The physical consequences of terrorism-related acts and violations can include broken bones, soft tissue injuries, disability, long-term, chronic pain and sensory disturbance. Victims may experience visceral symptoms, including cardiovascular and respiratory difficulties, intestinal and urological problems and genital complaints (IRCT, 2009(a), Part C, sects. I, II and VI). They may also suffer somatic symptoms, including headaches and back pain (Hoge, 2007). Where abuses have included rape or other forms of sexual violence, survivors may also experience gynaecological, rectal and internal haemorrhaging (Tompkins, 1995, p. 857). Medical consequences can include the contraction of sexually transmitted disease including HIV and other chronic infections, cervical cancer (directly linked to HPV, or Genital Human Papilloma Virus infection, see Ghoborah, Huth and Russet, pp. 198-199), fistula, pregnancy, miscarriage, throat agitation and reproduction problems, together with somatic symptoms such as chronic pelvic pain and hormone dysfunction (Ingeborg, 2005, pp. 73-75; Bell, 2005, p. 117; Clifford, 2008).
At a psychological level, trauma can engender "a metamorphosis of the psyche… mental decomposition and collapse" (Vinar, 2005, p. 313). This in turn can affect a survivor's sense of self (Kira, 2002, p. 54), producing identity disorientation and essentially eliciting "the devastation of one's core identity" (Rauchfleisch, 1996, cited in Hárdi and Kroó, 2011, p. 133). Man-made trauma, such as that associated with terrorism, can shatter core beliefs, including belief in the world as a just place ('the existential dilemma') (Herlihy and Turner, 2006, p. 84; Ramsay, Grost-Unsworth and Turner, 1993, p. 55), in others as kind and trustworthy individuals, and in the inviolability of the self (IRCT, 2009(b), pp. 6-7; Agger, 1992, p. 13). Survivors of terrorist acts - such as hostage taking, hijacking or kidnapping - may experience fear, shock, anxiety, shame, guilt and self-blame, anger, hostility, rage and resentment (Schmid, 2006, p. 7), together with a sense of disempowerment and helplessness. Survivors may also suffer grief for the loss of others and the self, anxiety, depression (including suicidal ideation), emotional numbness and difficulties in recollection (Brewin, 2007, pp. 227-228; Duke et al., 2008, pp. 310-320; Smith and Patel, 2008). Some victims may also experience post-traumatic stress disorder (PTSD) which, in addition to depressive symptoms, may also include intrusive phenomena such as flashbacks and nightmares, and which may persist for months or years (Shapland and Hall, 2007, p. 178).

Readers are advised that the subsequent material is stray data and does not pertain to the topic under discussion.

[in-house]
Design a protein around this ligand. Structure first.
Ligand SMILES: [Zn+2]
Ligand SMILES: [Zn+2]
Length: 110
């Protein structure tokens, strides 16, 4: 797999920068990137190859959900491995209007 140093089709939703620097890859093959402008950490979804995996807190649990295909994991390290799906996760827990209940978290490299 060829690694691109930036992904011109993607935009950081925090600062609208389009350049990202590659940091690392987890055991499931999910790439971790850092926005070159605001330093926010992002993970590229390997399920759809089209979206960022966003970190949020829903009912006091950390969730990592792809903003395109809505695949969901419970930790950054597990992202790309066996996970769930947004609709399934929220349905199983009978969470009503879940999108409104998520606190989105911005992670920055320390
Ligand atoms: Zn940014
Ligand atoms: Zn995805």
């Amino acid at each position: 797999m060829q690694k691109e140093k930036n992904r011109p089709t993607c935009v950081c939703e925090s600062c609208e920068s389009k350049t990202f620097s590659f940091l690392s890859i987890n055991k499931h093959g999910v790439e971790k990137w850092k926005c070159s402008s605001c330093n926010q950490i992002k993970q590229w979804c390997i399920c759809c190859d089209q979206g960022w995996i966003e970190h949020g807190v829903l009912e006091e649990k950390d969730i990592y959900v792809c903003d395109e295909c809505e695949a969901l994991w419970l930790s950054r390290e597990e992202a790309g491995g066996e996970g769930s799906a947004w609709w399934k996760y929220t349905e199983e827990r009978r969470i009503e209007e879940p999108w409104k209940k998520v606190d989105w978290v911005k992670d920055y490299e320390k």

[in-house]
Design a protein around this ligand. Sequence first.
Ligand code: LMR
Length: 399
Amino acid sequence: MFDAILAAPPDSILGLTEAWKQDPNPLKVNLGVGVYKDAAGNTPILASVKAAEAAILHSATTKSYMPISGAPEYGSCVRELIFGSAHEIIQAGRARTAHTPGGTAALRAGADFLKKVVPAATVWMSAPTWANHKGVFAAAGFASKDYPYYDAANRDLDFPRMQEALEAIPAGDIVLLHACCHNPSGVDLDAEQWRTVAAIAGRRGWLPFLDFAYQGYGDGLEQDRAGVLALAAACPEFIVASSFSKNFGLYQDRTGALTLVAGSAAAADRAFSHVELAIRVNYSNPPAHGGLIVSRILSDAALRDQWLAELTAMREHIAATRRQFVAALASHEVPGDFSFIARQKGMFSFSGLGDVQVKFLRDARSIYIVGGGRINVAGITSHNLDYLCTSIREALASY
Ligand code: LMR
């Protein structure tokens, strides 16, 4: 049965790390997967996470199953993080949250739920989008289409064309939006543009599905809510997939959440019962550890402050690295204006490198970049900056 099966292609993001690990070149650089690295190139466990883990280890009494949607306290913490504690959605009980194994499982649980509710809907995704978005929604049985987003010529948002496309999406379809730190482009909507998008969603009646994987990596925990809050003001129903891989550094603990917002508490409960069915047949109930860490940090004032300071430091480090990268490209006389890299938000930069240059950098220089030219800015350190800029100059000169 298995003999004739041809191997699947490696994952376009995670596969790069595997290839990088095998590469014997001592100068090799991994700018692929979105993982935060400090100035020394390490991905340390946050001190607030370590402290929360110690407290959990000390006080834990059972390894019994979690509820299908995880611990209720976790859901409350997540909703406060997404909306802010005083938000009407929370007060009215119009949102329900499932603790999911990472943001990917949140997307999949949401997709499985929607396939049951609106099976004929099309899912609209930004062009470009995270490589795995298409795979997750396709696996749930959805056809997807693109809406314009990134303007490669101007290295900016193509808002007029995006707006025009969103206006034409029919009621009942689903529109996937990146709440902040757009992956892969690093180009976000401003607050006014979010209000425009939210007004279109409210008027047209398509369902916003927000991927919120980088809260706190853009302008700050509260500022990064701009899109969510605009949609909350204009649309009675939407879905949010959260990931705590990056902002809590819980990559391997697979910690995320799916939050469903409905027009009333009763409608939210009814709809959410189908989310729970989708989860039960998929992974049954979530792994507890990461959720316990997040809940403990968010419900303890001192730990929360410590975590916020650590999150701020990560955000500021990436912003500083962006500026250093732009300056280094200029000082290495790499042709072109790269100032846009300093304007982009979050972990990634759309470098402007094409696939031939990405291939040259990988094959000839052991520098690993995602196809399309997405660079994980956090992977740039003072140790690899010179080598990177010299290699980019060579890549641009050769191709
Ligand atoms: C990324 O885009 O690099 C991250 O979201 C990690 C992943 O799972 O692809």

Notably, while PTSD is one of the most commonly diagnosed mental health disorders in survivors of atrocities, the diagnosis itself is controversial amongst some clinical experts and there is disagreement as to its cross-cultural applicability (Hárdi and Kroó, 2011, p. 136; Becker, 2003; OHCHR Professional Training Series No. 8/Rev.1, para. 237). Others criticize the diagnosis because it does not reflect the political, societal or cultural context of abuse suffered by victims (Herman, 1997, pp. 118-120; Aroche and Coello, 2004), the limited list of symptoms which the diagnosis encompasses and its perceived inability to encapsulate and reflect the full symptomology of the survivor (Silove, 1999, p. 201; Hárdi and Kroó, 2011). For others still, PTSD is the 'medicalization' of what they understand to be a natural response to a deeply traumatic experience (Becker, 2003).